Constitutional right to privacy has to be considered in adoption tracing Bill - Minister
Privacy should not be ‘way above’ the rights of children to their identity - Clare Daly
Minister for Children Frances Fitzgerald: “I will be bound and am bound . . . to provide for a balancing between the strong constitutional provision relating to privacy and the right to identity.”
A law to facilitate the tracing of relatives for those affected by adoption must take account of the “strong constitutional” right to privacy of the birth mother, Minister for Children Frances Fitzgerald has told the Dáil.
She said the initial outline or heads of the legislation, the Adoption (Information and Tracing) Bill, “are close to completion” and would be dealt with by the Oireachtas health and children committee. The starting point of the Bill “has been to provide as much information as possible”, the Minister said.
But Ms Fitzgerald stressed: “I will be bound and am bound . . . to provide for a balancing between the strong constitutional provision relating to privacy and the right to identity.” The Minister was responding during Dáil question time to Independent TD Clare Daly, who said the Minister appeared to be adamant that the right to privacy has priority “way above the rights of children to their identity”.
Ms Daly challenged a Supreme Court judgment that was considered in legal advice for the forthcoming Bill. The IO’T vs B case concerned a fostering arrangement where an adoption order was not made. The majority of the court held that a natural child had an implied constitutional right to know the identity of his or her mother but this had to be balanced against the right of the natural mother to privacy.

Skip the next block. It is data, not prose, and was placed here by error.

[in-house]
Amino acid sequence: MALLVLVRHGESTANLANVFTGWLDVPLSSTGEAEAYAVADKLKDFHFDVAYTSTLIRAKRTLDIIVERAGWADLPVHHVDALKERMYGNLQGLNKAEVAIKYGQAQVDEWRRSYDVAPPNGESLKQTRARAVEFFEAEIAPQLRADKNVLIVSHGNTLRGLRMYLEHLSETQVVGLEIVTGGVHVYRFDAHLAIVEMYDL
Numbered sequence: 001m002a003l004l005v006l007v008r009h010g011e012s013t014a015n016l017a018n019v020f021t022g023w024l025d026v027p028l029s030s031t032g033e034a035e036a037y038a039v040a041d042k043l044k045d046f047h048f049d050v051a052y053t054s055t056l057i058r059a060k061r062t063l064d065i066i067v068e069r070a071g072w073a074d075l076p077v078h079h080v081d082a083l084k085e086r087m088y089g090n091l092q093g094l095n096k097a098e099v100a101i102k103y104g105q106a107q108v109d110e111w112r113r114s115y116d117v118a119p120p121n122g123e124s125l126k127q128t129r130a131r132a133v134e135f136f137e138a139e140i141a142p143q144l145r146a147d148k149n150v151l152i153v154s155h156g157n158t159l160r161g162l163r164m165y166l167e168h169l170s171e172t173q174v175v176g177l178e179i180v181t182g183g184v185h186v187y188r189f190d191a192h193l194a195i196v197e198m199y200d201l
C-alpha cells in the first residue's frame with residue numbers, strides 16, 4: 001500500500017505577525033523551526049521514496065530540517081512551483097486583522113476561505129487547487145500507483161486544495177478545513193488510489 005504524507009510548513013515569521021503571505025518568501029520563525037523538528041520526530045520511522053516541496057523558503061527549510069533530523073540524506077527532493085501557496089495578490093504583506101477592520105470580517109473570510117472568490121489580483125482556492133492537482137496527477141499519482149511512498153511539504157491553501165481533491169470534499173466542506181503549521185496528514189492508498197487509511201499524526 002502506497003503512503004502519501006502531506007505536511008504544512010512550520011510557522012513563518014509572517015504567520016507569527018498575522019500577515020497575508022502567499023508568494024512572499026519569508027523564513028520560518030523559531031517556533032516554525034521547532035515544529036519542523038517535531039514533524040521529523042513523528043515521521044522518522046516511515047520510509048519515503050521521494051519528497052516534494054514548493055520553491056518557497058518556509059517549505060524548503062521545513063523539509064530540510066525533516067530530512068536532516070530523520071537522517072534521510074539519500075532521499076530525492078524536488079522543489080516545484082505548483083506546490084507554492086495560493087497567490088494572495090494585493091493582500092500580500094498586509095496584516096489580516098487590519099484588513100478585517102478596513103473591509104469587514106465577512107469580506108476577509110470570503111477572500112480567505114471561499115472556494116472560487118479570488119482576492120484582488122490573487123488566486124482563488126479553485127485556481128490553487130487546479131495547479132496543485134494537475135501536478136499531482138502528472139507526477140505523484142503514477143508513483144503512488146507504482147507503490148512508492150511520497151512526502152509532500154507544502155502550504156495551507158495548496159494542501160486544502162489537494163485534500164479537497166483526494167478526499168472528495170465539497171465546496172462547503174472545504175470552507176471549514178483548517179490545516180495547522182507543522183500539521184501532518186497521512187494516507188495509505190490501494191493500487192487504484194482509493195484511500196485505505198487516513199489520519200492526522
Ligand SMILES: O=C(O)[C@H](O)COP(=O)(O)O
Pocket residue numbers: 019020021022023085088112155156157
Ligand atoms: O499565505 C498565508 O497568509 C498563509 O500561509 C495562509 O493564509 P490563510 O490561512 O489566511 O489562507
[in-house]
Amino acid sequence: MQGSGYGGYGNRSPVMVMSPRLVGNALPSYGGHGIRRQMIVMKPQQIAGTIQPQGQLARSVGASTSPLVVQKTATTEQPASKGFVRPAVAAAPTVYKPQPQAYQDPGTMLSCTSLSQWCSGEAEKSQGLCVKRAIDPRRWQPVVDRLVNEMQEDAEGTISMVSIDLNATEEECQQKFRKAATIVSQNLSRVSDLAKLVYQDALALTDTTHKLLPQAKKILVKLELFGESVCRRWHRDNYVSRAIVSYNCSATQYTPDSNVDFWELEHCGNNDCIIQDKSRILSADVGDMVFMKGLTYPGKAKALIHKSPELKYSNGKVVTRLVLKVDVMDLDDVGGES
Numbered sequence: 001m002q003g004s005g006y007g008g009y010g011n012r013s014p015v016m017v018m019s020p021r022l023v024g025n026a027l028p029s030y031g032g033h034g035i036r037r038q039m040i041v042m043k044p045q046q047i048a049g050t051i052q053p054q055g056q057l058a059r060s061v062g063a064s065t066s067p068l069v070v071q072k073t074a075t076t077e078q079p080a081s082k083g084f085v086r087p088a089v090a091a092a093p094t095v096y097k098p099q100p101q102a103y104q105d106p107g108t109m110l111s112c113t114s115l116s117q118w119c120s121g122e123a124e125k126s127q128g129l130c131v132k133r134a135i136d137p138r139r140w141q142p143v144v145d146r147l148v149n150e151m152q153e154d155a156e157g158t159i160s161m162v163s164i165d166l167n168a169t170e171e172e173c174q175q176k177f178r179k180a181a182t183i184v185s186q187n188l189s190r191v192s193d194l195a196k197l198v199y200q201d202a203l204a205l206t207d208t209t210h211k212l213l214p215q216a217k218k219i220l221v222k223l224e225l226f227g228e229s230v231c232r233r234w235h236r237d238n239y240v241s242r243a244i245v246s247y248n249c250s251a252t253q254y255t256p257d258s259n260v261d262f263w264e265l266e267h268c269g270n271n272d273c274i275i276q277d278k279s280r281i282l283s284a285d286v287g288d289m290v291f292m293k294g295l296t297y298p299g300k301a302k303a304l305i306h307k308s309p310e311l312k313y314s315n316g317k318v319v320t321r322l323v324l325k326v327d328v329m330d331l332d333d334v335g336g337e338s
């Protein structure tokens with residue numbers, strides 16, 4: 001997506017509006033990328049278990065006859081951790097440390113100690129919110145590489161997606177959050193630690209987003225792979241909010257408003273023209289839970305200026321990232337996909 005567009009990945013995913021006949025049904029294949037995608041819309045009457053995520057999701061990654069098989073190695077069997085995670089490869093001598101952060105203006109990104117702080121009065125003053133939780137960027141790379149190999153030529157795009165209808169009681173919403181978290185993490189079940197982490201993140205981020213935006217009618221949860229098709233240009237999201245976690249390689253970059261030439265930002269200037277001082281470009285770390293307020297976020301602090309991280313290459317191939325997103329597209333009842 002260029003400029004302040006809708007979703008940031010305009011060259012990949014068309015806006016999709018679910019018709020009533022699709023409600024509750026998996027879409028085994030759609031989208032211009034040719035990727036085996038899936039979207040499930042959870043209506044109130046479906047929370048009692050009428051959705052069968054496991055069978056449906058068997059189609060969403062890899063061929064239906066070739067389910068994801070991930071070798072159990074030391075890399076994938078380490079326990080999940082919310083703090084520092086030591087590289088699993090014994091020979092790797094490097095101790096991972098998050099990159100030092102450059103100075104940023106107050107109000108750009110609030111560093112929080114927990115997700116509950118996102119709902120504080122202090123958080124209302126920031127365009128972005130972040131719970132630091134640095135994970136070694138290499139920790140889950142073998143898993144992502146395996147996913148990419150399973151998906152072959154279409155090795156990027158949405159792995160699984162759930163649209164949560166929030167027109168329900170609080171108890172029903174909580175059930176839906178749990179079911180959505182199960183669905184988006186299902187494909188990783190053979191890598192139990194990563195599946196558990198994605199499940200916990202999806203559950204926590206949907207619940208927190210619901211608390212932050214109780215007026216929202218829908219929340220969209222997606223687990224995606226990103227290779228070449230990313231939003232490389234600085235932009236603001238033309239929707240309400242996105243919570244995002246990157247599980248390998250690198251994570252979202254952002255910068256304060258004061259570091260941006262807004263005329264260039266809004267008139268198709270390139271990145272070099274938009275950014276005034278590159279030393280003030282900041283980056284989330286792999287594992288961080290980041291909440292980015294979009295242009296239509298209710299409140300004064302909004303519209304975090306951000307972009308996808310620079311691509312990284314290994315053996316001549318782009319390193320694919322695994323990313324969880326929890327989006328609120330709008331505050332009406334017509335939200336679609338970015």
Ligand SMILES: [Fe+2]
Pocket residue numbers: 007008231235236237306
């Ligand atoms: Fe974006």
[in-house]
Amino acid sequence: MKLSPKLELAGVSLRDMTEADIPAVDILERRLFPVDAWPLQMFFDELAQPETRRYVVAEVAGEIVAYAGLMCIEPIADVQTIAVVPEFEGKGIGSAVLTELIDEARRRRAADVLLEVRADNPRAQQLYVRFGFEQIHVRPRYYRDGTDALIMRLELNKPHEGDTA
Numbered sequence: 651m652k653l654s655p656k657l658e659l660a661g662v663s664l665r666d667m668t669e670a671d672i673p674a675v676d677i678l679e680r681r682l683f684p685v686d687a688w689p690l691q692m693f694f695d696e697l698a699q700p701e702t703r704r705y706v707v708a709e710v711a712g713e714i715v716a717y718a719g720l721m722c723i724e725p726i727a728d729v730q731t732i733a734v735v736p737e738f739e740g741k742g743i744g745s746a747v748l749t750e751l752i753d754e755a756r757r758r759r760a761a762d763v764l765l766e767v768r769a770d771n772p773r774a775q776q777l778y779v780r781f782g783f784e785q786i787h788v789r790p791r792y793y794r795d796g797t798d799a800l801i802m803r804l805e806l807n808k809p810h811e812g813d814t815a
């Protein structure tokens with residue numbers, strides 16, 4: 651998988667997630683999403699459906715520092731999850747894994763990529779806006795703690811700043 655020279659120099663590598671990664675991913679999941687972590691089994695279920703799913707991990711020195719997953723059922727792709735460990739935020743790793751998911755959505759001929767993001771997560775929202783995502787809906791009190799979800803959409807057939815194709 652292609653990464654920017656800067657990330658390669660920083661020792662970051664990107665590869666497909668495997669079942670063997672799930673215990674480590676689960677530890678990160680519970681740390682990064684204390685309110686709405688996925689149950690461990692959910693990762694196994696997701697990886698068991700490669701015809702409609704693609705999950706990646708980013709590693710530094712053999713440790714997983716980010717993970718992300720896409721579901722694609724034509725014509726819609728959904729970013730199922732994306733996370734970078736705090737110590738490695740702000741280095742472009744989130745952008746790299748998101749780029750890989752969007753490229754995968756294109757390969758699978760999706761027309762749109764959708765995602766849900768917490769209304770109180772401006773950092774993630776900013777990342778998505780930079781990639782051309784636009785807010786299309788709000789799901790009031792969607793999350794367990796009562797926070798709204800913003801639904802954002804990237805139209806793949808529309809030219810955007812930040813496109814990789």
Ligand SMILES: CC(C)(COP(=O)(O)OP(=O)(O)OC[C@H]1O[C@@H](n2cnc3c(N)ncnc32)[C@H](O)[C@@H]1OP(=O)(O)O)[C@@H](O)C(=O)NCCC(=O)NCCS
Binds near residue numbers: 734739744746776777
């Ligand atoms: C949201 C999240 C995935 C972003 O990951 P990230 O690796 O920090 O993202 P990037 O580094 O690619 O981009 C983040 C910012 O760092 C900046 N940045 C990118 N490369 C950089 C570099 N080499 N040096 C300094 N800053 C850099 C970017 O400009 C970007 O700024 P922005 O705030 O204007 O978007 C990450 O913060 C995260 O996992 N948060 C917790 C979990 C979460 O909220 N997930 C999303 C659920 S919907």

The Dublin North TD said the judgment in that case “made the assumption that a natural parent would not want to be contacted. That does not have any basis in reality however because most adoptions were forced adoptions. Some of those from the past were not proper adoptions at all.”
She suggested the advice of Minister for Justice Alan Shatter should be sought on the issue. Ms Daly said that 11 years after the IO’T vs B judgment, Mr Shatter said, when in opposition, that the issue was “not rocket science”. “He said it had been addressed in neighbouring jurisdictions and that someone who was adopted across the Border in Northern Ireland had substantially greater rights than someone had in this State and that it could be addressed here.”
Ms Fitzgerald said a certain amount of the scenario Ms Daly had painted could be dealt with in the legislation, including where a birth mother had no objection to being contacted or where a birth mother was deceased or where the mother could not be traced but it was reasonable to assume she was deceased.
But she pointed out that the right to privacy had been firmly established as a constitutional right through a number of cases starting with the 1974 judgment on marital privacy in Magee vs the Attorney General .
Ms Fitzgerald stressed that in Ireland “we are in a different position to other countries that do not have a constitution”. She said the judgment Ms Daly referred to did not involve an adoption order but where one was made it severed parental rights and duties, and “a birth mother’s right to privacy may have more force”.